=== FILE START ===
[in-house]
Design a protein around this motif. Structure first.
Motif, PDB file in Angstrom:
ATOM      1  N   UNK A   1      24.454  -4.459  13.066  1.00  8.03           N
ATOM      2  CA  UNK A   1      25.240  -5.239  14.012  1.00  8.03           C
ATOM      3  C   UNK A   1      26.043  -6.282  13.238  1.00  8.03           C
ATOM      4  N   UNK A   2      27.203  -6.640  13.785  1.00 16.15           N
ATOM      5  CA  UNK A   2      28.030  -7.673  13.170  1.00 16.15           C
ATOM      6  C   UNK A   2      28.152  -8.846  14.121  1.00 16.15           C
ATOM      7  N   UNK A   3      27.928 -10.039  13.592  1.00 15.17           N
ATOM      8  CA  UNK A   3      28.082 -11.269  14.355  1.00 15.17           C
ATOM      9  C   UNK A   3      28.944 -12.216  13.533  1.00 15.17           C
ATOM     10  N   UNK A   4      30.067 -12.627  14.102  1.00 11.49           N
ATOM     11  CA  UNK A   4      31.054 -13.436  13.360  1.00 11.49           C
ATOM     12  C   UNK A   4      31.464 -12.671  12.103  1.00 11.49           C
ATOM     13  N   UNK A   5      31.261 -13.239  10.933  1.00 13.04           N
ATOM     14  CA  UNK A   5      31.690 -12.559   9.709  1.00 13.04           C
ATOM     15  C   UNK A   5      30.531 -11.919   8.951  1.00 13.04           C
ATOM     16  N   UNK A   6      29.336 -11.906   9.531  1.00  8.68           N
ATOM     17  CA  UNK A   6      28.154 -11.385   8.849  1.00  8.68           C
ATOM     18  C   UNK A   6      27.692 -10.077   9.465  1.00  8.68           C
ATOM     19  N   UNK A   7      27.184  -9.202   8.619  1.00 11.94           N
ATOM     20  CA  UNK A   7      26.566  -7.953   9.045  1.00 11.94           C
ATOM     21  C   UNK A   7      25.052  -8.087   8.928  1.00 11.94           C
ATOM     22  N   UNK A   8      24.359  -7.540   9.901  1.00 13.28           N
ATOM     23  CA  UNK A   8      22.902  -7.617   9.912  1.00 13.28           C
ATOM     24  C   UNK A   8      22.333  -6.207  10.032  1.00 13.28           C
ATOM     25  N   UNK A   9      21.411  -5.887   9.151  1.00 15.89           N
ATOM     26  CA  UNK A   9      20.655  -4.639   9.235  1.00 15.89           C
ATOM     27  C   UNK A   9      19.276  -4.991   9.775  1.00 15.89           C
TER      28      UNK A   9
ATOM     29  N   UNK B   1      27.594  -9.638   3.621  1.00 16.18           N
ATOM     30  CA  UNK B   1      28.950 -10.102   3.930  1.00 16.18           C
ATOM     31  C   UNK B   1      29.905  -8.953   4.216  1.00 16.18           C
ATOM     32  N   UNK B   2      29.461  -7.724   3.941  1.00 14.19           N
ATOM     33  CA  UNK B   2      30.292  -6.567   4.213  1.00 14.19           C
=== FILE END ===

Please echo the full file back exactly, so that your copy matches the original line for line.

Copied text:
[in-house]
Design a protein around this motif. Structure first.
Motif, PDB file in Angstrom:
ATOM      1  N   UNK A   1      24.454  -4.459  13.066  1.00  8.03           N
ATOM      2  CA  UNK A   1      25.240  -5.239  14.012  1.00  8.03           C
ATOM      3  C   UNK A   1      26.043  -6.282  13.238  1.00  8.03           C
ATOM      4  N   UNK A   2      27.203  -6.640  13.785  1.00 16.15           N
ATOM      5  CA  UNK A   2      28.030  -7.673  13.170  1.00 16.15           C
ATOM      6  C   UNK A   2      28.152  -8.846  14.121  1.00 16.15           C
ATOM      7  N   UNK A   3      27.928 -10.039  13.592  1.00 15.17           N
ATOM      8  CA  UNK A   3      28.082 -11.269  14.355  1.00 15.17           C
ATOM      9  C   UNK A   3      28.944 -12.216  13.533  1.00 15.17           C
ATOM     10  N   UNK A   4      30.067 -12.627  14.102  1.00 11.49           N
ATOM     11  CA  UNK A   4      31.054 -13.436  13.360  1.00 11.49           C
ATOM     12  C   UNK A   4      31.464 -12.671  12.103  1.00 11.49           C
ATOM     13  N   UNK A   5      31.261 -13.239  10.933  1.00 13.04           N
ATOM     14  CA  UNK A   5      31.690 -12.559   9.709  1.00 13.04           C
ATOM     15  C   UNK A   5      30.531 -11.919   8.951  1.00 13.04           C
ATOM     16  N   UNK A   6      29.336 -11.906   9.531  1.00  8.68           N
ATOM     17  CA  UNK A   6      28.154 -11.385   8.849  1.00  8.68           C
ATOM     18  C   UNK A   6      27.692 -10.077   9.465  1.00  8.68           C
ATOM     19  N   UNK A   7      27.184  -9.202   8.619  1.00 11.94           N
ATOM     20  CA  UNK A   7      26.566  -7.953   9.045  1.00 11.94           C
ATOM     21  C   UNK A   7      25.052  -8.087   8.928  1.00 11.94           C
ATOM     22  N   UNK A   8      24.359  -7.540   9.901  1.00 13.28           N
ATOM     23  CA  UNK A   8      22.902  -7.617   9.912  1.00 13.28           C
ATOM     24  C   UNK A   8      22.333  -6.207  10.032  1.00 13.28           C
ATOM     25  N   UNK A   9      21.411  -5.887   9.151  1.00 15.89           N
ATOM     26  CA  UNK A   9      20.655  -4.639   9.235  1.00 15.89           C
ATOM     27  C   UNK A   9      19.276  -4.991   9.775  1.00 15.89           C
TER      28      UNK A   9
ATOM     29  N   UNK B   1      27.594  -9.638   3.621  1.00 16.18           N
ATOM     30  CA  UNK B   1      28.950 -10.102   3.930  1.00 16.18           C
ATOM     31  C   UNK B   1      29.905  -8.953   4.216  1.00 16.18           C
ATOM     32  N   UNK B   2      29.461  -7.724   3.941  1.00 14.19           N
ATOM     33  CA  UNK B   2      30.292  -6.567   4.213  1.00 14.19           C